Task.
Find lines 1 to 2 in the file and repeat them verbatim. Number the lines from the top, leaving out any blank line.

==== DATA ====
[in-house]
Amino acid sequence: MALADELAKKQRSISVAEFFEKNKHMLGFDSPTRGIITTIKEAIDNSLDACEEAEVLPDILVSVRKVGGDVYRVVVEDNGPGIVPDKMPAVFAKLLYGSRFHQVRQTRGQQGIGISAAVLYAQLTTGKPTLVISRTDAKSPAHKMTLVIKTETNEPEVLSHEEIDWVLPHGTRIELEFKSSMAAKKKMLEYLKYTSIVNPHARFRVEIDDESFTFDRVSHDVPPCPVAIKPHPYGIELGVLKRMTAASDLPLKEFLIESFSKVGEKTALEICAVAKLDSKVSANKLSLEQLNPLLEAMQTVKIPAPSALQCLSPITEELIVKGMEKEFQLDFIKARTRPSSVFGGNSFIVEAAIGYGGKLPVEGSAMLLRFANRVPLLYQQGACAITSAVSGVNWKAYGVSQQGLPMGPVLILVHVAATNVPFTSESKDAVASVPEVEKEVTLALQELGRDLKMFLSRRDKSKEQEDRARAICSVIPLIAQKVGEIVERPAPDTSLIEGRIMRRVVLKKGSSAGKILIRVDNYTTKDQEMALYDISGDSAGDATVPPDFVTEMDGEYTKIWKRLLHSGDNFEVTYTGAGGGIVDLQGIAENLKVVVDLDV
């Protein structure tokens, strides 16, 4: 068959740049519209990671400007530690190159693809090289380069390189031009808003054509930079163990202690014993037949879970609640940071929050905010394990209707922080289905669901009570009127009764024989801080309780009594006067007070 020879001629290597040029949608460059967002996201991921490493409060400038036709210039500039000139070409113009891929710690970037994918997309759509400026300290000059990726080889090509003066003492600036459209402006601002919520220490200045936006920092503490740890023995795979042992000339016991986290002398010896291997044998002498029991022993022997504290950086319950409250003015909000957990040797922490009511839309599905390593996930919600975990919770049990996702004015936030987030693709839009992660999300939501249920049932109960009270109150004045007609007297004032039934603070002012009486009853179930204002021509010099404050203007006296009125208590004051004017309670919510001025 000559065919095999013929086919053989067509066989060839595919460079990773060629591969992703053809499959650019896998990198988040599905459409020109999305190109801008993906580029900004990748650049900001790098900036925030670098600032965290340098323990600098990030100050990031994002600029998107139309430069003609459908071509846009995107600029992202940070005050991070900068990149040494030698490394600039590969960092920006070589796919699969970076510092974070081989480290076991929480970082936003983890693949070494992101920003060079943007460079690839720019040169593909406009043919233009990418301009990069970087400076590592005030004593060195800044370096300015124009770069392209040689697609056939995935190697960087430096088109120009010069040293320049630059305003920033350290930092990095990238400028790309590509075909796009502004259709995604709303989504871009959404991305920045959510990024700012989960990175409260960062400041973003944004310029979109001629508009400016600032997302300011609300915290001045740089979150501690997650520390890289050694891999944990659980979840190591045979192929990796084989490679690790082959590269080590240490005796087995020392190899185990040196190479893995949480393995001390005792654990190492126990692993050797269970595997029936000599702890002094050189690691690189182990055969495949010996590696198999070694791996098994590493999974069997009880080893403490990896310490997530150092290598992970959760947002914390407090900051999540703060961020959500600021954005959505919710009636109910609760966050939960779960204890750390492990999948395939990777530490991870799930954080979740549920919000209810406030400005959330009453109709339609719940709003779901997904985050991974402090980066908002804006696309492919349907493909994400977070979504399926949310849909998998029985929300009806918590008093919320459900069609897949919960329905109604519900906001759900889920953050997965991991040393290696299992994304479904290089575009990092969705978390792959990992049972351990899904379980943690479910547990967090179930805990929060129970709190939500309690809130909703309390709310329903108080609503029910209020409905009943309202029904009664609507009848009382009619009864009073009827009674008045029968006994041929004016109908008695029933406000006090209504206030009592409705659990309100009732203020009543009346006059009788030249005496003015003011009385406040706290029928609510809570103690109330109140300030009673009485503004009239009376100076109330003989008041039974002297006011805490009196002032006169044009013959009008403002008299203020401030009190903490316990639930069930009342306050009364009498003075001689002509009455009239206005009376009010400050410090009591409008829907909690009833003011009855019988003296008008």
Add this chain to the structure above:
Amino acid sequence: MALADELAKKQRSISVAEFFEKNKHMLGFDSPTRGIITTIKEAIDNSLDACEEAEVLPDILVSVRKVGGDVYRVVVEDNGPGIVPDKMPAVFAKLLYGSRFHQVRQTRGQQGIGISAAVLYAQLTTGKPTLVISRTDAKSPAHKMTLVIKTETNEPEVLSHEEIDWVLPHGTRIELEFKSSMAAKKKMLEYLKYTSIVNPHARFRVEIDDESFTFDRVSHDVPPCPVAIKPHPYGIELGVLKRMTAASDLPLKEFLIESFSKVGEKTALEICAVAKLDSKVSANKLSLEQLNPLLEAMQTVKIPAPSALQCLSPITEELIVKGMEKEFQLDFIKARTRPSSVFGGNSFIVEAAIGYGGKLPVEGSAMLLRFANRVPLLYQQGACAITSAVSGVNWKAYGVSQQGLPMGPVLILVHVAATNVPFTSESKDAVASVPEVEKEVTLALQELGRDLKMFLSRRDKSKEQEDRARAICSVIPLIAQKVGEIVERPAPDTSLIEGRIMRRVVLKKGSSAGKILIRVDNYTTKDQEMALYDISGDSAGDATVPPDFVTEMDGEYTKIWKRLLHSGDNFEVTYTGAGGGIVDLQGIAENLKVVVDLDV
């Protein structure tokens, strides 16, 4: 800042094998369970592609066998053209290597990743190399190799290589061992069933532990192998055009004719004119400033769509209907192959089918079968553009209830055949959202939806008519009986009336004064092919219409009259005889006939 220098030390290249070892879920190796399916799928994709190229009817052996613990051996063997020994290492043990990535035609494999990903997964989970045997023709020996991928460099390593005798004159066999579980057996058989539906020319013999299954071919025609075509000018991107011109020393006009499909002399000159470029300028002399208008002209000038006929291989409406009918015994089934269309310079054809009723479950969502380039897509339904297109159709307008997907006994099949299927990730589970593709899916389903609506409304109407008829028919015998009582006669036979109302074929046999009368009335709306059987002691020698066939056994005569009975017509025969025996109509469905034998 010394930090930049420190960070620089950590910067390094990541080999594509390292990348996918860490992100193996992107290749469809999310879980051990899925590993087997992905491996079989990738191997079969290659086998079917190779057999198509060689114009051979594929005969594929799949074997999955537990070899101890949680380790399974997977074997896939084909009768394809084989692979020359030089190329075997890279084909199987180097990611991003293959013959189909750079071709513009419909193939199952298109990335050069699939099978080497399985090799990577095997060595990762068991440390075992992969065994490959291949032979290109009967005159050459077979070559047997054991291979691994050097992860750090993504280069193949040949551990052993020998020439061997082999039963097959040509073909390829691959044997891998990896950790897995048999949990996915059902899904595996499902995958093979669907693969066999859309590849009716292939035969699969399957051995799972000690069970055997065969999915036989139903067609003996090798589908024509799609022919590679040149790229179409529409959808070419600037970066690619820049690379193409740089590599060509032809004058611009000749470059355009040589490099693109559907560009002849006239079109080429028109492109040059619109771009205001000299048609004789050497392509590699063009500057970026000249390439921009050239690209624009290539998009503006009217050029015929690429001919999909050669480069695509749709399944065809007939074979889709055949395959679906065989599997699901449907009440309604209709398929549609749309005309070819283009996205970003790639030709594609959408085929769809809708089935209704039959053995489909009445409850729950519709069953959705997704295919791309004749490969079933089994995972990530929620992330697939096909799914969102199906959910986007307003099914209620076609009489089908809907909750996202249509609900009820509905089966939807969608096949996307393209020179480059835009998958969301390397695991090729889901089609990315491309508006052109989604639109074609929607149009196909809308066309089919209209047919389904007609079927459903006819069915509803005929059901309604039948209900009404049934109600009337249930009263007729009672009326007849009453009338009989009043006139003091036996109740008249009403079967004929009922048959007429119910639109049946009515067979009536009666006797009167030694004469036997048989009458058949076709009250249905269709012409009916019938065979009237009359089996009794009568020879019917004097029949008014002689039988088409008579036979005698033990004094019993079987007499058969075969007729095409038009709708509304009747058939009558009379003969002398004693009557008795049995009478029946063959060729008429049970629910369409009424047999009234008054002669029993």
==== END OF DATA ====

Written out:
[in-house]
Amino acid sequence: MALADELAKKQRSISVAEFFEKNKHMLGFDSPTRGIITTIKEAIDNSLDACEEAEVLPDILVSVRKVGGDVYRVVVEDNGPGIVPDKMPAVFAKLLYGSRFHQVRQTRGQQGIGISAAVLYAQLTTGKPTLVISRTDAKSPAHKMTLVIKTETNEPEVLSHEEIDWVLPHGTRIELEFKSSMAAKKKMLEYLKYTSIVNPHARFRVEIDDESFTFDRVSHDVPPCPVAIKPHPYGIELGVLKRMTAASDLPLKEFLIESFSKVGEKTALEICAVAKLDSKVSANKLSLEQLNPLLEAMQTVKIPAPSALQCLSPITEELIVKGMEKEFQLDFIKARTRPSSVFGGNSFIVEAAIGYGGKLPVEGSAMLLRFANRVPLLYQQGACAITSAVSGVNWKAYGVSQQGLPMGPVLILVHVAATNVPFTSESKDAVASVPEVEKEVTLALQELGRDLKMFLSRRDKSKEQEDRARAICSVIPLIAQKVGEIVERPAPDTSLIEGRIMRRVVLKKGSSAGKILIRVDNYTTKDQEMALYDISGDSAGDATVPPDFVTEMDGEYTKIWKRLLHSGDNFEVTYTGAGGGIVDLQGIAENLKVVVDLDV